Eleven Filipino workers were awarded over $15 million in a lawsuit against their former employers, whose claim of labor exploitation and human trafficking was uncontested
The workers were trafficked to the United States to serve as domestic servants and back-of-the-house employees at two high-end bakeries owned by defendants Analiza and Goncalo Moitinho de Almeida.
“Because of this judgment, all the heartache and suffering we had to endure because of Ana’s greed has not been for nothing,” said Gina Pablo, one of the workers.
On May 2, 2016, Judge Fernando M. Olguin of the United States District Court for the Central District of California granted to the workers a default judgment of $15.2 million in damages and fees.
The defendants subjected the workers to abusive conditions, including workdays as long as 17 hours and wages as low as three dollars an hour. They verbally abused the workers, forced them to do landscaping and cleaning at their home, referred to them as “dogs,” and imposed $11,000 in debt bondage on each worker. The defendants also threatened to cancel the workers’ visas and after the lawsuit was filed, threatened to harm them and their families in the Philippines.
On March 18, 2015, with the help of Asian Americans Advancing Justice-Los Angeles (Advancing Justice-LA) and the law firm Latham & Watkins LLP, the workers sued the defendants for human trafficking, RICO violations, and violations of federal and state labor, retaliation, and whistleblower laws.
Ana de Almeida is the daughter of politically connected Juan B. Santos, the Chairman of Philippines’ Social Security Commission/Social Security System and a retired CEO of Nestle Philippines.
The 11 Filipino workers came to the U.S. on E-2 visas, which give immigrants with specialized skills authorization to work for a foreign national who has invested a substantial amount of money in a U.S.-based business.
Shortly after the lawsuit was filed, the Almeidas rapidly began liquidating their assets, including fraudulently encumbering and selling their million-dollar residence in Rolling Hills Estates, Calif., to keep the property and the proceeds from its sale out of the workers’ hands. The workers amended the complaint to add fraudulent transfer claims. By August 2015, the defendants had fled overseas and instructed their lawyers to “take no further action in defending the lawsuit.”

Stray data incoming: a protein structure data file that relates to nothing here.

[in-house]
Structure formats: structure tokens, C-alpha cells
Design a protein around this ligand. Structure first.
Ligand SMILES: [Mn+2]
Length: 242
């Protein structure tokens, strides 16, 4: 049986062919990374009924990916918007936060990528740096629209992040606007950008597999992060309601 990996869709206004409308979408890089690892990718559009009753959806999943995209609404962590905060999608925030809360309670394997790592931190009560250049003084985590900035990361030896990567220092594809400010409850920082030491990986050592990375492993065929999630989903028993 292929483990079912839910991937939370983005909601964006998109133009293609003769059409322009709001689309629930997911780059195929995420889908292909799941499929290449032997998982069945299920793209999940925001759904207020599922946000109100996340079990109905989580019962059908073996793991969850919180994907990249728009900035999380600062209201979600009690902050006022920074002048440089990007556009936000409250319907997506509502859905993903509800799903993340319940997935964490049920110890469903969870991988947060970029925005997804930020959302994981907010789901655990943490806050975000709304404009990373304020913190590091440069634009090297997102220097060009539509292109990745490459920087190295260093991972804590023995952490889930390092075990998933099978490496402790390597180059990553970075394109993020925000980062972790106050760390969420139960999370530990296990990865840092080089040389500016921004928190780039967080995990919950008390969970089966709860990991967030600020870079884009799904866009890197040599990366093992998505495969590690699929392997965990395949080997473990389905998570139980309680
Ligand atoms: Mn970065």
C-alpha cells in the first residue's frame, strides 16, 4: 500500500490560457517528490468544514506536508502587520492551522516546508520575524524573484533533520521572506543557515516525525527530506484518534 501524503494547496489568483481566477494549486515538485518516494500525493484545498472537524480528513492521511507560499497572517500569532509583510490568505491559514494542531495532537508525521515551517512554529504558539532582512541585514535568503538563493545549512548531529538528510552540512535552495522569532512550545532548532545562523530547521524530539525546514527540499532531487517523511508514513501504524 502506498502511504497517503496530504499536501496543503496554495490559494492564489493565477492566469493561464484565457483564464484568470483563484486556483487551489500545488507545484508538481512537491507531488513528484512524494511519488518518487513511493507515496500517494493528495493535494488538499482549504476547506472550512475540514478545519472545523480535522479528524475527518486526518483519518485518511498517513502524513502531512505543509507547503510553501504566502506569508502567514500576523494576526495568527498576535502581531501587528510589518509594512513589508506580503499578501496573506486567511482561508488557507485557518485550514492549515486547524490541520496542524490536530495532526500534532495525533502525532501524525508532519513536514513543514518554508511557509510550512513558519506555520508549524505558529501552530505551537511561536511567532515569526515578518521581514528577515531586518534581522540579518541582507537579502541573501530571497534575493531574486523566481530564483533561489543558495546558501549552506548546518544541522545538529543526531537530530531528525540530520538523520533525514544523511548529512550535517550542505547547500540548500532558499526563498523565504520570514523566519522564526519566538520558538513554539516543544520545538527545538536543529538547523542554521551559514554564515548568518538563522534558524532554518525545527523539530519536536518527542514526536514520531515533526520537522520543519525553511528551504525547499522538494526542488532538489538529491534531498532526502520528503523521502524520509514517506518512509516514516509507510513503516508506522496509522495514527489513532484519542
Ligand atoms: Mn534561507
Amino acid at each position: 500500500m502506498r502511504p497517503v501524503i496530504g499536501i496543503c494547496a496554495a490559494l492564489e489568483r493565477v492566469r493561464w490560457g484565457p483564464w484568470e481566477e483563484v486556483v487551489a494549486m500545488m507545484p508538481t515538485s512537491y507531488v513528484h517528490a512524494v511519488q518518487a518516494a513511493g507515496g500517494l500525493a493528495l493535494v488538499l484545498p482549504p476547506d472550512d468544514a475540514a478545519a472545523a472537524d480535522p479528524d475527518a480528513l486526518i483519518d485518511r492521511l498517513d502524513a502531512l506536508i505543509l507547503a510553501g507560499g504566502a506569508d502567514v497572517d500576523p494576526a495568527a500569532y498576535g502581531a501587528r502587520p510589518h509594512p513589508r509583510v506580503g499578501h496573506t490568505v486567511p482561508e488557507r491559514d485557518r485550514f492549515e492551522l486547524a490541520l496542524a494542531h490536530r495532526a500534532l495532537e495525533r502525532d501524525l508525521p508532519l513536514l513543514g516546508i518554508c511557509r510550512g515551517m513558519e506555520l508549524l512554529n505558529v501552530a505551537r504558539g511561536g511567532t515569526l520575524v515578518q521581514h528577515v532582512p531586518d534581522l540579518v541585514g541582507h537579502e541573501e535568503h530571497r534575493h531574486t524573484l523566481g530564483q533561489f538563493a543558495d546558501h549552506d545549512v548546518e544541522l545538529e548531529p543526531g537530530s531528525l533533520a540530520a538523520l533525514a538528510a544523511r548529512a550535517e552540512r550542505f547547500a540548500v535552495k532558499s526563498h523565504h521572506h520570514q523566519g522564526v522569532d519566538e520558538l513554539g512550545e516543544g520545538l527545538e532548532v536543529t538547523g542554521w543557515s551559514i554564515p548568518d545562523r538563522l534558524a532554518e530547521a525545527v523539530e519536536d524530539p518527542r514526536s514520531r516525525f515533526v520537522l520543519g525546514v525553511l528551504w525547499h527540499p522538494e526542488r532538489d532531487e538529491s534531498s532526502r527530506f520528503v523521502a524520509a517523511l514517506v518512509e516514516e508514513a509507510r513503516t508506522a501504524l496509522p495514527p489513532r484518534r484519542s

Judge Olguin voided the defendants’ fraudulent transfers and took steps to prevent them for further moving their assets. Advancing Justice-LA and Latham & Watkins are now pursuing steps to enforce the judgment.
“We are thrilled that the court has awarded the entirety of the requested relief, especially after the defendants did everything in their power, including breaking the law, to avoid accountability to our clients,” said Sid Nadkarni, associate at Latham & Watkins.
According to the Philippine Department of Labor & Employment, an average of 6,092 Filipinos are forced to migrate everyday in order to work abroad. It’s estimated there are up to 12 million Overseas Filipino Workers (OFWs) around the world. In 2014 alone, $26 billion in remittances have been sent back to the Philippines, a majority of which been sent by OFWs in the U.S. (Source: Bangko Central ng Pilipinas).
Advancing Justice-LA has also secured special immigration status for the workers as victims of human trafficking, which also provides work authorization so the workers can begin rebuilding their lives and reunite with their families.
“I’m so relieved about the judgment. All the stress that we went through is over. All the fears that the Almeidas imposed on us are gone. We can now focus on our new jobs and look forward to reuniting with our family soon,” said Armelinda de la Cerna, another worker.